A non-guaranteed, non-recurring achievement recognition. A tool to drive or encourage a short-term behavior. To be effective, bonus either can be a surprise "thank you" payment, or tied to an extremely thoroughly defined set of objectives. Things I observed as problematic when using bonuses: (a) creating an expectation of a bonus; (b) having vague bonus criteria; (c) for whatever reason refusing to pay bonus if criteria met; (d) announcing a bonus pool / making one person's bonus in reverse relation to another person or a group.
Specifically on each point:
- When bonus becomes routine, there is a conflict of expectations. An enterprise still believes it can freely change the bonus amount to drive short-term behaviors. An affiliate then sees bonus as a part of the salary and stability message. When enterprise actually fluctuates the bonus, then employees experience negative effects similar to salary fluctuation.
- A poorly defined bonus criteria drives manipulative behaviors, especially for hard to achieve tasks. People do "just enough" to be able to argue for the criteria met, or come up with reasons why effort should be compensated as well as the result would have. Often vaguely defined criteria is a sign of a lazy or incompetent management, one which feels they will not be held accountable, or one which is not motivated to even care about company's mid-term success.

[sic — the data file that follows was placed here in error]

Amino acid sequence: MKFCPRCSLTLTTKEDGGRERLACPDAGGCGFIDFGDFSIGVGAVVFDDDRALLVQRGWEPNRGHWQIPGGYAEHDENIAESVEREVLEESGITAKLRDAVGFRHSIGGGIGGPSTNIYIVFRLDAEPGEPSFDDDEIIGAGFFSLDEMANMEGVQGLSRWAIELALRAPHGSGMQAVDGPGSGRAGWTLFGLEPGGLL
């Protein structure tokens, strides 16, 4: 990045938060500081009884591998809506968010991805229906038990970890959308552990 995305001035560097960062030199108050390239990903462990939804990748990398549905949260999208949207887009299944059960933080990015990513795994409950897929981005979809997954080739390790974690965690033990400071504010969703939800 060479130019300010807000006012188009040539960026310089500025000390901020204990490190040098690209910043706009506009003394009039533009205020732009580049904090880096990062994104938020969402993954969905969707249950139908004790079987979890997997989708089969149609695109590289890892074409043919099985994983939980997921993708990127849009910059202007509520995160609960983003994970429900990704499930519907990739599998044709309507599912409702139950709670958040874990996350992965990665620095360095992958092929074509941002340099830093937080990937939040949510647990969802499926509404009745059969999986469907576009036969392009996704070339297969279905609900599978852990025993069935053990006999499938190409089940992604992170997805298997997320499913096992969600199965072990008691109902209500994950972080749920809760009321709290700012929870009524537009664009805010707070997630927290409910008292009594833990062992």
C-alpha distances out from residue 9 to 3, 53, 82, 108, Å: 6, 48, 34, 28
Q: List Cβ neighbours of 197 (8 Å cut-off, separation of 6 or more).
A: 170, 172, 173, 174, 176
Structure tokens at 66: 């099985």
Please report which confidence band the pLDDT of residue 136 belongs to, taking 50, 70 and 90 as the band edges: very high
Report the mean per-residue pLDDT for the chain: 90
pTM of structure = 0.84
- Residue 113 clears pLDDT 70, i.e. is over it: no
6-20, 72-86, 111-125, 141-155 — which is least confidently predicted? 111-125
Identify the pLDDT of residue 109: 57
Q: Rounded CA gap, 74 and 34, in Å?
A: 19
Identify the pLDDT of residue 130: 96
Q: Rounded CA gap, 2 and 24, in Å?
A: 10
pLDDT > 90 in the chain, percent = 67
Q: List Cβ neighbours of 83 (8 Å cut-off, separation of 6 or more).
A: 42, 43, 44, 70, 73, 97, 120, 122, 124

- Companies and departments operate in dynamic contexts. Available funds may grow or shrink. It is totally wrong to expose that uncertainty to people at the bonus level. As a tool to drive a specific objective it deteriorates very fast if promises are broken. Employees start to see it as a carrot on a stick tied to their head. They will not run faster next time management wants them to. Because of that I think it is a very good idea to put promised bonus money aside in accounting procedures, almost in an escrow account.
- It so obviously creates inner tension in an enterprise, which takes forms of inner politics, manipulation, and sabotage, that it is mind-boggling how companies refer to it as "constructive inner competition". I have only seen it hurt companies in mid-term and beyond.